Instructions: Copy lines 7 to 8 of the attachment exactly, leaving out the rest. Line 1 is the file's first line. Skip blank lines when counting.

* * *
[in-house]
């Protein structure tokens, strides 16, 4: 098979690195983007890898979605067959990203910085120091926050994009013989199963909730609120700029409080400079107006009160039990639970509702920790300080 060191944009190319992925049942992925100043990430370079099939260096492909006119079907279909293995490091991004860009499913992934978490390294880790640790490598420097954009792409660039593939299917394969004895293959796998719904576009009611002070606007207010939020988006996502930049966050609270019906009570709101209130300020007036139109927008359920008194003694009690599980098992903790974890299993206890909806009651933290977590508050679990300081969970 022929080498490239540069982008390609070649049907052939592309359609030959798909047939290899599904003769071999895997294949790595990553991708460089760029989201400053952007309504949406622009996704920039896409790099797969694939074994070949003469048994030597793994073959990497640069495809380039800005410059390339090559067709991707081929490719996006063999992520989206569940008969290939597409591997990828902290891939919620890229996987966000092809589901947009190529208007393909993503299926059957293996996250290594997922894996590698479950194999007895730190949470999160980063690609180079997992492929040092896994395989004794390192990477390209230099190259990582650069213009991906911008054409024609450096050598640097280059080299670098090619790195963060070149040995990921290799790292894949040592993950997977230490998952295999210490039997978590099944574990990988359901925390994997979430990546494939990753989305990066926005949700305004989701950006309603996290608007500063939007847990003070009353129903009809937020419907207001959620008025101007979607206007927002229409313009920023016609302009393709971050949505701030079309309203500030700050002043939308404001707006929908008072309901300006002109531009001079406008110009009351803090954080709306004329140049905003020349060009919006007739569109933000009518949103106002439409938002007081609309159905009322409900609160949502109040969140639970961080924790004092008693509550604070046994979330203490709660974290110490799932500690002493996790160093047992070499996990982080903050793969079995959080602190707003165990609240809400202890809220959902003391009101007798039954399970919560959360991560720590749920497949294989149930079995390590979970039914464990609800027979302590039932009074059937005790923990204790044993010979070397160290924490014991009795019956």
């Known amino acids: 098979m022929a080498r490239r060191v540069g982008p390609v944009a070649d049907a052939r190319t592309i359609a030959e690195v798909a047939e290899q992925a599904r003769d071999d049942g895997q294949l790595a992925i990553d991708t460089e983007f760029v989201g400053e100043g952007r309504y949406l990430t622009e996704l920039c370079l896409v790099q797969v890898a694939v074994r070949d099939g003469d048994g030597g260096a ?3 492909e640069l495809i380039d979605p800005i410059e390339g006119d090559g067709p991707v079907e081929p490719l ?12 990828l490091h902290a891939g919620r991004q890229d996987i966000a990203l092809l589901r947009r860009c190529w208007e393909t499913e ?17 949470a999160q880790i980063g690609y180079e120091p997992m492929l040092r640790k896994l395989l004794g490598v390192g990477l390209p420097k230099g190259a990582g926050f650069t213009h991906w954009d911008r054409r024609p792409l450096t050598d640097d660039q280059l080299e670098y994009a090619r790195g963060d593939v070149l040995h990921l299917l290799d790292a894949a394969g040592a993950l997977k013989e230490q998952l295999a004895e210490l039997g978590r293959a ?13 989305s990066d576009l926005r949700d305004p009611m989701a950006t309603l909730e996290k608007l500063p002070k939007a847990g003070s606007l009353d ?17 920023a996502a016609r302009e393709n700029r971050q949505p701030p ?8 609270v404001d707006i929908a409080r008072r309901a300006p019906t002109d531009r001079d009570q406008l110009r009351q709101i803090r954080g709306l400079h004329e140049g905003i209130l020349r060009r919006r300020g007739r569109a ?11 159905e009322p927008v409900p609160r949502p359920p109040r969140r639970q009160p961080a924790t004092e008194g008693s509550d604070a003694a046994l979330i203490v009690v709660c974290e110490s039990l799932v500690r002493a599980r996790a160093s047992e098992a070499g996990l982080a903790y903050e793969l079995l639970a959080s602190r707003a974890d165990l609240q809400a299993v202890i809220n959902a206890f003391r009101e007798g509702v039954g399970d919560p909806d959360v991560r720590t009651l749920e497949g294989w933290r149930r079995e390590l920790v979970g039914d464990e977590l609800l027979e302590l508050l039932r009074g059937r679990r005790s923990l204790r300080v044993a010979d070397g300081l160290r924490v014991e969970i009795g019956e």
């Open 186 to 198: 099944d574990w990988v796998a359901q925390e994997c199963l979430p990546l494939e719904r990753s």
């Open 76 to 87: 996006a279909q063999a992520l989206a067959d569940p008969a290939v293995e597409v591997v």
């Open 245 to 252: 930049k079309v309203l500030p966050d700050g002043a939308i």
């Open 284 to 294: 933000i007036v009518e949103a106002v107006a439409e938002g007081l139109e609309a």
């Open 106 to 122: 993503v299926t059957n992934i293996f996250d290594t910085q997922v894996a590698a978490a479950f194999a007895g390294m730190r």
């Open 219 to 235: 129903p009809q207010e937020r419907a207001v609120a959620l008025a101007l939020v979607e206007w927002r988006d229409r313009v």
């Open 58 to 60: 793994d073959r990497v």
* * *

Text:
């Open 284 to 294: 933000i007036v009518e949103a106002v107006a439409e938002g007081l139109e609309a």
């Open 106 to 122: 993503v299926t059957n992934i293996f996250d290594t910085q997922v894996a590698a978490a479950f194999a007895g390294m730190r």